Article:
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Don’t waste the water, use wastewater - excess heat distribution for private households through sewer networks

: Fritz, Markus; Aydemir, Ali

Fulltext urn:nbn:de:0011-n-5552359 (758 KByte PDF)
MD5 Fingerprint: 5ec2026c813e74087169147ffd3b7668
Created on: 20.8.2019

European Council for an Energy-Efficient Economy -ECEEE-, Stockholm:
eceee Summer Study 2019. Proceedings : Summer Study on energy efficiency: Is efficient sufficient?, 3-8 June 2019, Belambra Presqu'île de Giens, France
Stockholm: ECEEE, 2019
ISBN: 978-91-983878-4-1 (Print)
ISBN: 978-91-983878-5-8 (Online)
European Council for an Energy-Efficient Economy (ECEEE Summer Study) <2019, Belambra Presqu'ile de Griens>
Conference Paper, Electronic Publication
Fraunhofer ISI ()
excess heat; wastewater; district heating; household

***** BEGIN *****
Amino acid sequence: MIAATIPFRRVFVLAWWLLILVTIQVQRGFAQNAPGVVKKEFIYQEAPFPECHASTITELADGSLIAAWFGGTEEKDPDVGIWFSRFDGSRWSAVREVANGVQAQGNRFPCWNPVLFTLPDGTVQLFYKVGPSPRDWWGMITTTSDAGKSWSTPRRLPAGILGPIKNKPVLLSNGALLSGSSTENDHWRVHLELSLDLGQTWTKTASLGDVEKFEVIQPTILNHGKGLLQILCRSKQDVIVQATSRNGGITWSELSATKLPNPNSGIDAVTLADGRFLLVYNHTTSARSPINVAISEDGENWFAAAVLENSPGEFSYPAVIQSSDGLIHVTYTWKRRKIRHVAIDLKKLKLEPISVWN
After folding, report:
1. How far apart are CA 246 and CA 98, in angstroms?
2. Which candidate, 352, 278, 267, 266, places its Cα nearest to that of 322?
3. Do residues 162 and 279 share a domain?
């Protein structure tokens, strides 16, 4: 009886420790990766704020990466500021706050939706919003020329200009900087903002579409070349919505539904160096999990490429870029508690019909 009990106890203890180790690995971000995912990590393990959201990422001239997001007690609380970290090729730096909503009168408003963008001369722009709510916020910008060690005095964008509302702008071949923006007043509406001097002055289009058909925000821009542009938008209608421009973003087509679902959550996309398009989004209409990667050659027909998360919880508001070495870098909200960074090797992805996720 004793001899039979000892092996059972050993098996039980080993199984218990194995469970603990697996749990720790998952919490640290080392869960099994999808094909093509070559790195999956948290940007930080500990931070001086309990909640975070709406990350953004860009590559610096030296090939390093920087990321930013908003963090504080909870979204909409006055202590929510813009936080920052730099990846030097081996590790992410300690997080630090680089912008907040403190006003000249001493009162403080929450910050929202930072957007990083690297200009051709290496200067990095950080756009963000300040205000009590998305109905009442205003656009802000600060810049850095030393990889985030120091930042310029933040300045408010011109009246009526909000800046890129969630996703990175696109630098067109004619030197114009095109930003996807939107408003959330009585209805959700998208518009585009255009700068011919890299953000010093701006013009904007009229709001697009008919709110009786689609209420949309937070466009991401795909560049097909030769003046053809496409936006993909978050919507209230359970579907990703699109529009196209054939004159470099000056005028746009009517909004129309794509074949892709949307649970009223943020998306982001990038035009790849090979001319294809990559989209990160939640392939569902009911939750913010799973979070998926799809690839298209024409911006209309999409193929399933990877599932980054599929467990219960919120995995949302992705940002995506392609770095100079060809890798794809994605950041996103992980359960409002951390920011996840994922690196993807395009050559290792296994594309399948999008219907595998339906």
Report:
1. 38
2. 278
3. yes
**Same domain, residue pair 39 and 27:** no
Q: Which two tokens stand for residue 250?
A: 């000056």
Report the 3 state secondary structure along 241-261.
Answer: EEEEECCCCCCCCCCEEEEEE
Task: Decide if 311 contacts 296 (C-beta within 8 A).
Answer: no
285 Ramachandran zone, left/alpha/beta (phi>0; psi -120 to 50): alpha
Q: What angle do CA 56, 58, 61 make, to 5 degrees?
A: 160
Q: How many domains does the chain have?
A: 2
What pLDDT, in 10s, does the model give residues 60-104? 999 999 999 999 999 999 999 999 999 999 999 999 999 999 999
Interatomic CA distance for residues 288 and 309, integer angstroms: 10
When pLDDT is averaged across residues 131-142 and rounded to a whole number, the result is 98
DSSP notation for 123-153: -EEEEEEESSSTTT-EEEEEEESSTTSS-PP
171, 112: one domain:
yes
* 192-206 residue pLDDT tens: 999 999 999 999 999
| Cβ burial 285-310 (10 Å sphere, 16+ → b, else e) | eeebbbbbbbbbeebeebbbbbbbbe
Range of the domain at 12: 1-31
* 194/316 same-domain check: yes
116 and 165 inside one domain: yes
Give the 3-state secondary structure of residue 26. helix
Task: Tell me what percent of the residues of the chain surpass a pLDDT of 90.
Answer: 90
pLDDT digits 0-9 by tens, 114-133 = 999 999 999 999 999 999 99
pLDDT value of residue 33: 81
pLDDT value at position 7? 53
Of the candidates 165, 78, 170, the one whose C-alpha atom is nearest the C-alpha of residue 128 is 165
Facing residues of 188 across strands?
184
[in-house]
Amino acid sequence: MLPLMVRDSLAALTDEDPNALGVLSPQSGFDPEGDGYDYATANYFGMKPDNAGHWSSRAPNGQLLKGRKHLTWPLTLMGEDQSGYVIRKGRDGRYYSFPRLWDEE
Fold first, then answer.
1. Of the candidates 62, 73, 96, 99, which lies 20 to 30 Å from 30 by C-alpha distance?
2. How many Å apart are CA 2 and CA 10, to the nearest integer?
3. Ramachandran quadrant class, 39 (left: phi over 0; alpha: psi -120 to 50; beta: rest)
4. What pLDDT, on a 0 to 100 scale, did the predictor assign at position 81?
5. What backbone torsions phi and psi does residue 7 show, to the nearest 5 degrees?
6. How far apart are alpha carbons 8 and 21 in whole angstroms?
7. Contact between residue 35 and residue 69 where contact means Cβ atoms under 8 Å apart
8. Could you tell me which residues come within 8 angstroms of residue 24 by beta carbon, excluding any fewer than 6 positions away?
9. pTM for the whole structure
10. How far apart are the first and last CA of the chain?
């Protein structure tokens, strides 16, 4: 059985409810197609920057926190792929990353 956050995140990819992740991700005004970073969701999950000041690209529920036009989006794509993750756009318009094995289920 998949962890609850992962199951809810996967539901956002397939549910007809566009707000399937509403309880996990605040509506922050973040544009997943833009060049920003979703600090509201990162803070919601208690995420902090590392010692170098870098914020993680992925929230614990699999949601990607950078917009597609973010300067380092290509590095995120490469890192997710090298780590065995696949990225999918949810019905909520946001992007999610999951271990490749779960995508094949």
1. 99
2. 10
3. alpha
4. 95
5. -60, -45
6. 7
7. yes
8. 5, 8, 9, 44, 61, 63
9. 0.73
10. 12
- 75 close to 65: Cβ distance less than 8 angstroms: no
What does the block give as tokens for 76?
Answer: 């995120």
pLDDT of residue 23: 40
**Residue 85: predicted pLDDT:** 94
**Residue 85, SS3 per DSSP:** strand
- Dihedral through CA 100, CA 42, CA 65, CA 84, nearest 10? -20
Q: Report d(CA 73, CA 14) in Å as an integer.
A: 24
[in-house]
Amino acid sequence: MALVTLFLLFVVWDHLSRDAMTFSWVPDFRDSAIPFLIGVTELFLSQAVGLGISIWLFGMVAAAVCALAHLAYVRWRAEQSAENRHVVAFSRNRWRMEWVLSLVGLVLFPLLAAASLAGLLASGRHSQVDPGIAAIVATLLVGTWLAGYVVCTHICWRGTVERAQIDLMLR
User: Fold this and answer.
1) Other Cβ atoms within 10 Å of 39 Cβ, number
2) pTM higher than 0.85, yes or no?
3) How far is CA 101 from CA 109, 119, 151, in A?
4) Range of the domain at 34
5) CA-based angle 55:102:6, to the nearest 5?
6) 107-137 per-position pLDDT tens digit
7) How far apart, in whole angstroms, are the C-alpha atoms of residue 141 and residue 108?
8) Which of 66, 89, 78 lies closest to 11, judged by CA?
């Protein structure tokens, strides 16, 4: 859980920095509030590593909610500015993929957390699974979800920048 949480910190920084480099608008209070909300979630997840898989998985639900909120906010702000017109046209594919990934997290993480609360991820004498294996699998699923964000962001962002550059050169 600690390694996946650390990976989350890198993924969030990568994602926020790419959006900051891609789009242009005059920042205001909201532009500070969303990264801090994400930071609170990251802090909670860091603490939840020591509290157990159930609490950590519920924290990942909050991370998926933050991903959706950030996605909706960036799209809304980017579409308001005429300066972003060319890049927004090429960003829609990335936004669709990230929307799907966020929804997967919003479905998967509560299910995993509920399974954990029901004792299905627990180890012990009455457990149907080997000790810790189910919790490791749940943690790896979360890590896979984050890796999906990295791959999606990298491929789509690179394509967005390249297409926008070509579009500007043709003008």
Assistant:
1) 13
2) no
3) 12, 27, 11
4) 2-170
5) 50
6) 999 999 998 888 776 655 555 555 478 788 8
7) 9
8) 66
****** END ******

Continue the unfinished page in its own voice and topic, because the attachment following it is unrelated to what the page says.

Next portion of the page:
Private households account for a quarter of the EU’s final energy demand. Approximately 80 % of this is used to provide heat and hot water. 84 % of this heat is generated from fossil fuels. The provision of space heating by means of environmentally friendly district heating is regarded as an important lever for the decarbonisation of the building sector. In this respect, one of the EU’s targets is to find heat sources for district heating networks that emit no or few GHGs. In this context, industrial excess heat is often discussed as possible supply option. However, if this heat is far away from district heating networks, then the construction of new infrastructure is capital intensive. This can lead to low economic efficiency. For this reason, the existing sewer network offers a solution with an existing infrastructure. Here excess heat can be transferred to the wastewater with heat exchangers, which leads to a rising wastewater temperature. The energy quantity of the wastewater is then taken at another point along the flow direction of the sewer and used as heat source for a heat pump. The heat pump can then be operated more efficiently with the warmer wastewater and the excess heat is thus used. However, the potential for transporting excess heat via sewer networks has not yet been assessed and we are therefore carrying out such an assessment. We use a data set of more than 950 industrial sites and more than 26,000 sewage treatment plants. For a given set of industrial sites with information about excess heat, we identify the nearest sewage treatment plant. After that, we determine the maximum distance and the flow direction of the wastewater and calculate the heat loss in the sewer network. Our results demonstrate that transferring heat via the sewer network offers high theoretical excess heat potentials. In conclusion, in the overall dataset the average heat loss in the sewer network is around 20 %, which is more or less in the range of heat losses in district heating. Further research is needed to quantify the economic and technical potential based on real case studies.